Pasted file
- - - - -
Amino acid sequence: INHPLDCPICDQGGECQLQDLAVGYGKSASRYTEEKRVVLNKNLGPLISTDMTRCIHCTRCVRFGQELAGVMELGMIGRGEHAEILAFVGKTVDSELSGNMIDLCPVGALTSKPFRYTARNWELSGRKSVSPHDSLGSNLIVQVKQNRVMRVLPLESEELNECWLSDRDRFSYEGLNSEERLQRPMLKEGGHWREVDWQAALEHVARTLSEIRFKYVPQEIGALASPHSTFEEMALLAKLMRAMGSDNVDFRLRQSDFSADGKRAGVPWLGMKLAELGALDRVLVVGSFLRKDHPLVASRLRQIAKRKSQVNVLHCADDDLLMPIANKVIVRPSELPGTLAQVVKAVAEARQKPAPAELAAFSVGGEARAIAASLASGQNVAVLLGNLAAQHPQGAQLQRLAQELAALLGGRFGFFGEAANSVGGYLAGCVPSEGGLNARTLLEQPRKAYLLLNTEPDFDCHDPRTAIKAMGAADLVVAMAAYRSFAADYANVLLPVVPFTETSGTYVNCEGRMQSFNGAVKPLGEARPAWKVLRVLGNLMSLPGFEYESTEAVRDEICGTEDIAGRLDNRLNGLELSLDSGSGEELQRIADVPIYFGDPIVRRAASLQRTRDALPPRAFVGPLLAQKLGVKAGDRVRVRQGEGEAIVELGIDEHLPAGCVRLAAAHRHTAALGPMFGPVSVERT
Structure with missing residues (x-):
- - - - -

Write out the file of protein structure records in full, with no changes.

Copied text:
Amino acid sequence: INHPLDCPICDQGGECQLQDLAVGYGKSASRYTEEKRVVLNKNLGPLISTDMTRCIHCTRCVRFGQELAGVMELGMIGRGEHAEILAFVGKTVDSELSGNMIDLCPVGALTSKPFRYTARNWELSGRKSVSPHDSLGSNLIVQVKQNRVMRVLPLESEELNECWLSDRDRFSYEGLNSEERLQRPMLKEGGHWREVDWQAALEHVARTLSEIRFKYVPQEIGALASPHSTFEEMALLAKLMRAMGSDNVDFRLRQSDFSADGKRAGVPWLGMKLAELGALDRVLVVGSFLRKDHPLVASRLRQIAKRKSQVNVLHCADDDLLMPIANKVIVRPSELPGTLAQVVKAVAEARQKPAPAELAAFSVGGEARAIAASLASGQNVAVLLGNLAAQHPQGAQLQRLAQELAALLGGRFGFFGEAANSVGGYLAGCVPSEGGLNARTLLEQPRKAYLLLNTEPDFDCHDPRTAIKAMGAADLVVAMAAYRSFAADYANVLLPVVPFTETSGTYVNCEGRMQSFNGAVKPLGEARPAWKVLRVLGNLMSLPGFEYESTEAVRDEICGTEDIAGRLDNRLNGLELSLDSGSGEELQRIADVPIYFGDPIVRRAASLQRTRDALPPRAFVGPLLAQKLGVKAGDRVRVRQGEGEAIVELGIDEHLPAGCVRLAAAHRHTAALGPMFGPVSVERT
Structure with missing residues (x-):